Tuesday, May 8, 2007

A few words about practicing at home

Since January 1, 1998, my office has mostly been at home except for my sidetrack to Indianapolis from 2000-03. Even then I would say that I would say that I had an exclusively home office only between 2005 and this year. It works for me and I think it works for most of my clients.

It did bother one client very much and I suspect that it bothers some others in other ways. It really distresses my father. I have debated the matter many time. For me, the decision since 2003 came down to this:

  1. I could put the usual front with its costs or put the money into other areas of the practice that did something useful for myself and my clients.
  2. Where is the office? I do all my work on a computer connected to the Internet. The telephone can reach me wherever I want it to reach me. I use Vonage and that allows me to move the office telephone from home to the office and back.
  3. Too many of my business clients can ill afford to come to the office for meetings.
  4. When I had the more common sort of office, I always hated clients seeing my working process. Making sausages is prettier.
On the other hand, I need some place to meet non-business clients and they need some place to drop off their paperwork.

So I share office space that allows me to meet with clients by appointment only and for them to drop off documents. I can get my work done. Hopefully, everyone is happy.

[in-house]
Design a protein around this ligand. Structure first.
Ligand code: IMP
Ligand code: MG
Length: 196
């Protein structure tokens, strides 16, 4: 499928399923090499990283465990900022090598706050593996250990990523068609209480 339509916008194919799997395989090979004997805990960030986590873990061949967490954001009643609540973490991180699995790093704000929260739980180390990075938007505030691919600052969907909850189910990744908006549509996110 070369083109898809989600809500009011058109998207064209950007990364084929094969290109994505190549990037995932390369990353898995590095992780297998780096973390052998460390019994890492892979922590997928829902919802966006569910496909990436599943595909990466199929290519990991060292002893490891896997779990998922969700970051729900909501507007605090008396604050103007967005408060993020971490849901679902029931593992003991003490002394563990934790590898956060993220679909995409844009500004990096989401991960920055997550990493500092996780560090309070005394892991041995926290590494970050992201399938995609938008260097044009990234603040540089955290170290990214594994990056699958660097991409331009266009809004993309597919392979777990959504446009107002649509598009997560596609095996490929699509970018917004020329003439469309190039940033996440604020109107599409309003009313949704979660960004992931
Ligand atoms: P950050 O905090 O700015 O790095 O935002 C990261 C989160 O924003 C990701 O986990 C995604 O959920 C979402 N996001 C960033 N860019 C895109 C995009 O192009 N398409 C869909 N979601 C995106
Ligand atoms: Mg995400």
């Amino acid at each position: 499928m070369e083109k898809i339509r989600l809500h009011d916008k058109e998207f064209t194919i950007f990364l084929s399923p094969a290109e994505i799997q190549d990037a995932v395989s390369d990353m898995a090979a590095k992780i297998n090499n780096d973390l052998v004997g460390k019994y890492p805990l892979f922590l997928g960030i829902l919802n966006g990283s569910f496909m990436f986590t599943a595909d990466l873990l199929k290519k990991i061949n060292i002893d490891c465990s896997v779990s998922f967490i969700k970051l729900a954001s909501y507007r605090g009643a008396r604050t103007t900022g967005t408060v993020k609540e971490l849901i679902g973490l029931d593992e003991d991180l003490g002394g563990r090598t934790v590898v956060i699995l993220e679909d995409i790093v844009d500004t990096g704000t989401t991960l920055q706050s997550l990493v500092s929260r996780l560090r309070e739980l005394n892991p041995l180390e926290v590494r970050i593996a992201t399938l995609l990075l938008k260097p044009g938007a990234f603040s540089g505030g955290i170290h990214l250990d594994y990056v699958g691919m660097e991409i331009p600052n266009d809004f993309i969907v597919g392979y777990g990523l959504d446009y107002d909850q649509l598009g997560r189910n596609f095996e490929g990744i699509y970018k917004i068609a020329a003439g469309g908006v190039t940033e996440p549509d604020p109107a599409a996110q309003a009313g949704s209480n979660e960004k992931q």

What got me to write on this is a bunch of articles that I ran across the past few days. After reading them, I decided that I had made a better choice than I first suspected.

Chuck Newton has several posts about this on his blog: Overhead Creep (no kidding about that one), Et tu, Brute, and What Part Of Solo Do You Not Understand?. I keep my costs down and I can provide good services for a reasonable fee. (I am just enough of a cranky smart aleck to ask anyone balking at my office set up whether they want to pay the higher fees to pay for digs rather than what they are paying for the services.) Keeping the costs down keeps the stress from getting any worse.

Building a Solo Practice, LLC blogs on the general insecurity of our economy and Big Law in general. The post is titled:Do You Need Anymore Reasons To Not Be Part of Big Law?
But that is not the main reason I am bringing this article to your attention. I'm alerting you because so many students tell me they need the security of Big Law, a steady paycheck because of their financial and familial obligations. This article, just one of many, that if you read between the lines you will hear it shouting through a bull horn, 'no security here."
As I tell everyone, my format means that any screwups in the office are mine. I worked for a firm in Indianapolis that spent a lot of money on office furniture and by picking up the tab at Morton's and Shula's. They went under. None of these did anything to impress the clients except the closing of the firm.

Prestige can buy a a lot. Prestige and fifty cents can get you a cup of coffee. If you need some evidence on this, then read this article from The San Francisco Magazine.

Now, I need to get the desk uncovered.